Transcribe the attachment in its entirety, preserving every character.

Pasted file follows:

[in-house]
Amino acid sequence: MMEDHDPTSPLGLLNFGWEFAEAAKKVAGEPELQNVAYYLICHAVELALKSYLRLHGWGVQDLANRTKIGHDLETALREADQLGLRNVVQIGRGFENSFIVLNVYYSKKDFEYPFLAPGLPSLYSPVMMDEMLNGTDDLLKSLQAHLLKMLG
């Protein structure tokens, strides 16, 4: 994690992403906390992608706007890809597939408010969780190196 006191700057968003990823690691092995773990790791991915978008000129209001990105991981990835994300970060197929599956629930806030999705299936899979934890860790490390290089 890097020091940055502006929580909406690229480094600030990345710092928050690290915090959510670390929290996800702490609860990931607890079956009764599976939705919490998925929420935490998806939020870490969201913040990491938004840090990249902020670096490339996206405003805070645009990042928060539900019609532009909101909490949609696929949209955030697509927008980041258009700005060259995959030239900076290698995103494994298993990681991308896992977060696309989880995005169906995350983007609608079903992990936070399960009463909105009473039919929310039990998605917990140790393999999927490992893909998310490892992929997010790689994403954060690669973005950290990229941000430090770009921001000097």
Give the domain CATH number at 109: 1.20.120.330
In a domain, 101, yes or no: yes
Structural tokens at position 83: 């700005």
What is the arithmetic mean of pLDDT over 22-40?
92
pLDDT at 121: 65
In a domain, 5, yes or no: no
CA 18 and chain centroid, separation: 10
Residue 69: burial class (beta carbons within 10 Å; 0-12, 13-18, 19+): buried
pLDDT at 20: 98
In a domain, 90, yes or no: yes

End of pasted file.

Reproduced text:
[in-house]
Amino acid sequence: MMEDHDPTSPLGLLNFGWEFAEAAKKVAGEPELQNVAYYLICHAVELALKSYLRLHGWGVQDLANRTKIGHDLETALREADQLGLRNVVQIGRGFENSFIVLNVYYSKKDFEYPFLAPGLPSLYSPVMMDEMLNGTDDLLKSLQAHLLKMLG
């Protein structure tokens, strides 16, 4: 994690992403906390992608706007890809597939408010969780190196 006191700057968003990823690691092995773990790791991915978008000129209001990105991981990835994300970060197929599956629930806030999705299936899979934890860790490390290089 890097020091940055502006929580909406690229480094600030990345710092928050690290915090959510670390929290996800702490609860990931607890079956009764599976939705919490998925929420935490998806939020870490969201913040990491938004840090990249902020670096490339996206405003805070645009990042928060539900019609532009909101909490949609696929949209955030697509927008980041258009700005060259995959030239900076290698995103494994298993990681991308896992977060696309989880995005169906995350983007609608079903992990936070399960009463909105009473039919929310039990998605917990140790393999999927490992893909998310490892992929997010790689994403954060690669973005950290990229941000430090770009921001000097």
Give the domain CATH number at 109: 1.20.120.330
In a domain, 101, yes or no: yes
Structural tokens at position 83: 């700005």
What is the arithmetic mean of pLDDT over 22-40?
92
pLDDT at 121: 65
In a domain, 5, yes or no: no
CA 18 and chain centroid, separation: 10
Residue 69: burial class (beta carbons within 10 Å; 0-12, 13-18, 19+): buried
pLDDT at 20: 98
In a domain, 90, yes or no: yes